Unless you requested a tax filing extension, you’re probably under the impression that tax season is over – you can sit back and relax until 2023. Not to burst your bubble, but if you want to be more tax efficient, you couldn’t be more incorrect. In fact, once you have your 1040 return in-hand, the hard work is just beginning. In this episode of The Agent of Wealth Podcast, host Marc Bautis digs deeper into the 1040, uncovering which areas you should focus on for improving your tax savings.
In this episode, you will learn:
- Reasons why tax planning should be done year-round.
- The key sections of a tax return to look at when performing an analysis.
- Potential tax-saving strategies – like Roth conversions – and investment tools – like ETFs.
- Planning opportunities to look out for while conducting a review.
- And more!
(For Clients): How to Upload Your Tax Return to Your Vault | Bautis Financial: (862) 205-5000
Welcome back to The Agent of Wealth Podcast, this is your host Marc Bautis. On today’s show I’m going to talk about how to analyze your tax return to uncover planning opportunities.
Taxes cut across almost everything we do financially. The investments in your portfolio all have different tax consequences depending on the dividends, interest or capital gains they generate. If you are retired, and drawing down on your assets, the taxes you owe depend on the strategy you use. There are tax beneficial ways to save for college, and the same goes for leaving money to your heirs.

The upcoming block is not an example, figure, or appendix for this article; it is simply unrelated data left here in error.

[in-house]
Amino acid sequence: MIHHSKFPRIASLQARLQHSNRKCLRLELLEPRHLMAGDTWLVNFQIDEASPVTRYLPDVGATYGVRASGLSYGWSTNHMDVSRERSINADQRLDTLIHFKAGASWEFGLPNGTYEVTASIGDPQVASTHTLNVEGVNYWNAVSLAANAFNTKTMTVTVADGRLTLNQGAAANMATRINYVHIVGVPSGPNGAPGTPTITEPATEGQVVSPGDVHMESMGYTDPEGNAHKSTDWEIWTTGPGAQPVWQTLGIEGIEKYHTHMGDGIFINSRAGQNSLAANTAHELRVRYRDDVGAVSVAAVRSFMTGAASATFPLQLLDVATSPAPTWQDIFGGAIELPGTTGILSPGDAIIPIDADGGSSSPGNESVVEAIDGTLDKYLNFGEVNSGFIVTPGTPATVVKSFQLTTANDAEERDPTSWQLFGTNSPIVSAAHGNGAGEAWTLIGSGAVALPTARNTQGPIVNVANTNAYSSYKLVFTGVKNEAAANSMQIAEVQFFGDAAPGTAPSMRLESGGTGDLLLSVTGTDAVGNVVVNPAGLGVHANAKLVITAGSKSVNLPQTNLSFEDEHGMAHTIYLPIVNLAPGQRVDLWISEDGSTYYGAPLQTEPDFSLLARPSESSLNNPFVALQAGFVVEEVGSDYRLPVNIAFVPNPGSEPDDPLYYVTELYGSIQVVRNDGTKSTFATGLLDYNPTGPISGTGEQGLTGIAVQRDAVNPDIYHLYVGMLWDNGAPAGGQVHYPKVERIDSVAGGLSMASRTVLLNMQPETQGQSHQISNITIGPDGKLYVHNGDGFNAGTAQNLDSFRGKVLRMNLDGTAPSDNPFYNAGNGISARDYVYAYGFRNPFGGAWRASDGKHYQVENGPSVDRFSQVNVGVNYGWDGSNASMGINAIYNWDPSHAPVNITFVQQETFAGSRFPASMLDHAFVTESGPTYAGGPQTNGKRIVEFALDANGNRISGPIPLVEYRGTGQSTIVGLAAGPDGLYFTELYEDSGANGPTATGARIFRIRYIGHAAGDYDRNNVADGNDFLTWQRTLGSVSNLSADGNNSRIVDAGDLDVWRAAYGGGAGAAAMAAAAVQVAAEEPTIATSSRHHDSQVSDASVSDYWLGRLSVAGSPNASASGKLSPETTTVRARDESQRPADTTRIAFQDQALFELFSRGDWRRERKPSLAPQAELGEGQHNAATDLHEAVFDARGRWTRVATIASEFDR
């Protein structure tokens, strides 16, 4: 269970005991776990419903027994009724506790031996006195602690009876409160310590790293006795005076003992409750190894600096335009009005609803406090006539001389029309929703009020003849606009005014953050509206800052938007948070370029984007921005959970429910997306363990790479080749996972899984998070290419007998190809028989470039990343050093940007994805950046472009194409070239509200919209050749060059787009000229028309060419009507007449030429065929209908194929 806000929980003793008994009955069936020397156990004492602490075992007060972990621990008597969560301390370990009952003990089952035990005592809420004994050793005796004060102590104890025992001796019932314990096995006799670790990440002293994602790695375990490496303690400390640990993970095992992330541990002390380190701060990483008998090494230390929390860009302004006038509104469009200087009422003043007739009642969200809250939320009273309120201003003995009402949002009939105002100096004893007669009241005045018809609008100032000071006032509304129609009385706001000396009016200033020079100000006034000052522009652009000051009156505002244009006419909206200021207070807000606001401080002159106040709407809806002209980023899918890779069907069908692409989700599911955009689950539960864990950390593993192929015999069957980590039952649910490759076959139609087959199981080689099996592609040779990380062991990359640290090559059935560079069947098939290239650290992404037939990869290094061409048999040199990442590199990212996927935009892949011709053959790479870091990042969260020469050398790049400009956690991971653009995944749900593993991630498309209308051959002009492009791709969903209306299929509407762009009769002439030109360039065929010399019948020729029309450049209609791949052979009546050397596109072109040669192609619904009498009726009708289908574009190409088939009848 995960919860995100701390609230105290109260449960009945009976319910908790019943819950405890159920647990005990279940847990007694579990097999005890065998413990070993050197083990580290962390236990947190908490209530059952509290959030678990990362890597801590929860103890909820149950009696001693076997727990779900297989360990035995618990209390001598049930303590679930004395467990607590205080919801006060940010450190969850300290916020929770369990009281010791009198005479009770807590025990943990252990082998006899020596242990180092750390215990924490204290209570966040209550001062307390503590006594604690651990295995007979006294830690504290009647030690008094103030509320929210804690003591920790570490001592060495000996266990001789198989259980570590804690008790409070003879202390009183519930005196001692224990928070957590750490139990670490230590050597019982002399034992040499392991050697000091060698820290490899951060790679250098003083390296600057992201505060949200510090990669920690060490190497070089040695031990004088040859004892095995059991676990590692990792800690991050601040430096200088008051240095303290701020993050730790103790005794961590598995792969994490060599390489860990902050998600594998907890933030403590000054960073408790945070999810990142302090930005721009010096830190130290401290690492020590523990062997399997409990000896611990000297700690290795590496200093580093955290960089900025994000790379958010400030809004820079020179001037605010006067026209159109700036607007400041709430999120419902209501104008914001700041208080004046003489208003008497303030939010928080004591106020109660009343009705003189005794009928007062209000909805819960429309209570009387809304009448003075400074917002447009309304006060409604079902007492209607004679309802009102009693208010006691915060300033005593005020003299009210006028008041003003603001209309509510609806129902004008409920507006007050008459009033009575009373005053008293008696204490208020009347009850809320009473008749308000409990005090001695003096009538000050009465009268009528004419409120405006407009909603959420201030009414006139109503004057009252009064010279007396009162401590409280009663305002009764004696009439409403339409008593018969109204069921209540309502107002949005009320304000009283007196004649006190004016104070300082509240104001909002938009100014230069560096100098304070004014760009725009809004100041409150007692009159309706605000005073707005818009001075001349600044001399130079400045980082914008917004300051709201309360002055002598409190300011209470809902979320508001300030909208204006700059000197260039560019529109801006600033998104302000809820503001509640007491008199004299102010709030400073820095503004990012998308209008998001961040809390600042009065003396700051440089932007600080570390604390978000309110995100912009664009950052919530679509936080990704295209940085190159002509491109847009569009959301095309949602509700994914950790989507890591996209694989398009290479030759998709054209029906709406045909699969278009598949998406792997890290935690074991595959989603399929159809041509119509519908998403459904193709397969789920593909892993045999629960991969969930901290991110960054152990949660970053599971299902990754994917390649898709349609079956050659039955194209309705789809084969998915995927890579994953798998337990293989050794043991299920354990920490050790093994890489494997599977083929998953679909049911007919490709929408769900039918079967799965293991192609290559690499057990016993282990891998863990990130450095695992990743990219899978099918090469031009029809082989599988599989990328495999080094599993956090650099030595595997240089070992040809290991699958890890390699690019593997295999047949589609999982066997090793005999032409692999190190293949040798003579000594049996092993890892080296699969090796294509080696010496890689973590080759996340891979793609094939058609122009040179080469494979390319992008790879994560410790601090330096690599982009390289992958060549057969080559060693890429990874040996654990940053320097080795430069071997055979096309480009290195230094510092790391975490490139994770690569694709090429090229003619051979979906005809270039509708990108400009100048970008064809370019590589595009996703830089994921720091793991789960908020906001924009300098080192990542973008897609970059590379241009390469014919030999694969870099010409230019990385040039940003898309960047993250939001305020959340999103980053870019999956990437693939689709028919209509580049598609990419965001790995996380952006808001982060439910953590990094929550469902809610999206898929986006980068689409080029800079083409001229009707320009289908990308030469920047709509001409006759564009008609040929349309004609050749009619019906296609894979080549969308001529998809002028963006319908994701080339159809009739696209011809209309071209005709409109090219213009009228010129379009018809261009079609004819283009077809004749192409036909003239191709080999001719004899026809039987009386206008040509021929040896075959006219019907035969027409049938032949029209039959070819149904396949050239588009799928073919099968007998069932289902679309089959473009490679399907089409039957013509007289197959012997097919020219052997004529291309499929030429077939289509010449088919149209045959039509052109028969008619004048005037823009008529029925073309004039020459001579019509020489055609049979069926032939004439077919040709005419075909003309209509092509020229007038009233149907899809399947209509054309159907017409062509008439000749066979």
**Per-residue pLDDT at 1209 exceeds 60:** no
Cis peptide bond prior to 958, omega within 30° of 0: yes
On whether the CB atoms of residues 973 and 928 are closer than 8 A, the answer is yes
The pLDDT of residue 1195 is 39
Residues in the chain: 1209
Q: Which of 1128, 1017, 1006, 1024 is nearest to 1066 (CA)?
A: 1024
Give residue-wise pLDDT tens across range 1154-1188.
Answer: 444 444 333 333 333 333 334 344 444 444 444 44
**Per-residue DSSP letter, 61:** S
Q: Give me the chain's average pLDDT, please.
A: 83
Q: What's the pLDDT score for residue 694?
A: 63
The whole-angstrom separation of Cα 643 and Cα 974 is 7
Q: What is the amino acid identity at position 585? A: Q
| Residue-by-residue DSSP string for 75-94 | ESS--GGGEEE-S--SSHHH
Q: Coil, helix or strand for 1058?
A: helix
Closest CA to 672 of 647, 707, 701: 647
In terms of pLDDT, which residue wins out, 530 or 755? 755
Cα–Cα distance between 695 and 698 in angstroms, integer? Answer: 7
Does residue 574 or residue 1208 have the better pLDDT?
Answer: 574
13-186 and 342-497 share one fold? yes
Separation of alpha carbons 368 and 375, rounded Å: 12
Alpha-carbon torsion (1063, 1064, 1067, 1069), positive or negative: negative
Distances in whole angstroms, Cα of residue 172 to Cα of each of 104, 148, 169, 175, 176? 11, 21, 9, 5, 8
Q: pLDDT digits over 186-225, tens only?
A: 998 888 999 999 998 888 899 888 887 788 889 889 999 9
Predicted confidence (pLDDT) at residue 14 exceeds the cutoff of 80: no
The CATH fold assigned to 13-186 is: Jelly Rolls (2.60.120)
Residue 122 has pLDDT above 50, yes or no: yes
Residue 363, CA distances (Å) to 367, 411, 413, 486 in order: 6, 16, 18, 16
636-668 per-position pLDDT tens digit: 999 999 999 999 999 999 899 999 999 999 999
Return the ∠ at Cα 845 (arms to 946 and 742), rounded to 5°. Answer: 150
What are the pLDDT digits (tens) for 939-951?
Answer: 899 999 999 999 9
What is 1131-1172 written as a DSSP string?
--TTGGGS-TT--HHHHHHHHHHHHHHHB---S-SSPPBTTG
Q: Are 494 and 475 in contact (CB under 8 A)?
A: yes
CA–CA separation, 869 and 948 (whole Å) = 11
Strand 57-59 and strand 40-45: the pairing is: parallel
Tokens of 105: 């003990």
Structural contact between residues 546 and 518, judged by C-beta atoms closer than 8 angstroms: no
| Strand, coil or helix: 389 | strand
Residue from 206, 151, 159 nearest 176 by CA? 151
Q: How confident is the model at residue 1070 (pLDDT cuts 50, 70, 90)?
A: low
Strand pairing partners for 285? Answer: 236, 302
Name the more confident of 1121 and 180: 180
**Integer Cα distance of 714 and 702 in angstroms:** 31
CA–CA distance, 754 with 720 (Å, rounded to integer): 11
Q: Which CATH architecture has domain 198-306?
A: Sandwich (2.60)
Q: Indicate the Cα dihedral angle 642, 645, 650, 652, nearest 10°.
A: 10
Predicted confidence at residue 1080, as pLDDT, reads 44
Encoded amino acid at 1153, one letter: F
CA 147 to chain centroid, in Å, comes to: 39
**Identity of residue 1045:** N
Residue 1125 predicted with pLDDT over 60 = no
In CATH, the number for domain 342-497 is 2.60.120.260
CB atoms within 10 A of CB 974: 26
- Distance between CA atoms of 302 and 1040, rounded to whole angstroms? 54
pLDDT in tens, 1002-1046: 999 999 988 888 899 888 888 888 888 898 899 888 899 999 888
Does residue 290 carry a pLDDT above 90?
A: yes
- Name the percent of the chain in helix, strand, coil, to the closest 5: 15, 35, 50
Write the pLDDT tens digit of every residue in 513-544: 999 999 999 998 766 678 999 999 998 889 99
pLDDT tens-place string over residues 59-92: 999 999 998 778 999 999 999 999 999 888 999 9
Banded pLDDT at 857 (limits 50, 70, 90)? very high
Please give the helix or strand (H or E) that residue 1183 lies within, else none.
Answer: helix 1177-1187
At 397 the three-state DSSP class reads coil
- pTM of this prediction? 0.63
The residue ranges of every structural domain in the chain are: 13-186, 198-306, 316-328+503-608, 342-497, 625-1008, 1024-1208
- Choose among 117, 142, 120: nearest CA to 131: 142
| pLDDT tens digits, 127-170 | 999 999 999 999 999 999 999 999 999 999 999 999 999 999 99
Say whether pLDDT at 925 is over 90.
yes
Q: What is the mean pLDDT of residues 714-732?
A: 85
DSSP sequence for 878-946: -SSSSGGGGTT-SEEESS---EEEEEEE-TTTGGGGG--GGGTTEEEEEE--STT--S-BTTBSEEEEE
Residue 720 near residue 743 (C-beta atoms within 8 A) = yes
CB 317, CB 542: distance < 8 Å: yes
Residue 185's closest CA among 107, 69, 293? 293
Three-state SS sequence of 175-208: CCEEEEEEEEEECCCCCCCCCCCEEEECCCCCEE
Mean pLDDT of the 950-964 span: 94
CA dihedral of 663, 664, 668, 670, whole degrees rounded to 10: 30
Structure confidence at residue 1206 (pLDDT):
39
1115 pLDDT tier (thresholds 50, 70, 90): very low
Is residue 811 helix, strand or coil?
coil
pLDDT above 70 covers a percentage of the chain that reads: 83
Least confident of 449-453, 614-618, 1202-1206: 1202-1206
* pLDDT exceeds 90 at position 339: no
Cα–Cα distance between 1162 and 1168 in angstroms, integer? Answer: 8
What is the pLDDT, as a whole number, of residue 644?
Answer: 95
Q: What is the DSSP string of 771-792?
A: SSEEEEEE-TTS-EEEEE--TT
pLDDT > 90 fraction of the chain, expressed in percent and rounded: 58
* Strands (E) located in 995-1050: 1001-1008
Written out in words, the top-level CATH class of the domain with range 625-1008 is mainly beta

Everyone wants to be tax efficient, but they’re not sure how.
Here’s the caveat: the typical, annual tax return flow that most people follow isn’t always strategic or tax-efficient. Typically, a person pulls together all of their documents in February or March, sends them to their CPA, who then generates their tax return, filed on or before April 15th – unless they file for an extension. These individuals don’t think about taxes again until the following year, when they repeat this process.
Even if these people uncover tax strategies in February or March, it’s too late, because most of the tax deadlines were the previous December 31st.
That’s why I’m here to tell you that tax planning should be a year-long activity that begins right after you file your tax return.
Now, I’m going to talk a little bit about the important things your tax return can tell you and what potential planning opportunities can arise from it. Let’s do this through the lens of a tax report that we produce.
Analyze Your Tax Summary
First, you want to look at a breakdown of everything that’s going on in your individual situation. Depending on how many Schedules you file, the 1040 tax return can be complex. It’s important to understand, at a high level, the following information: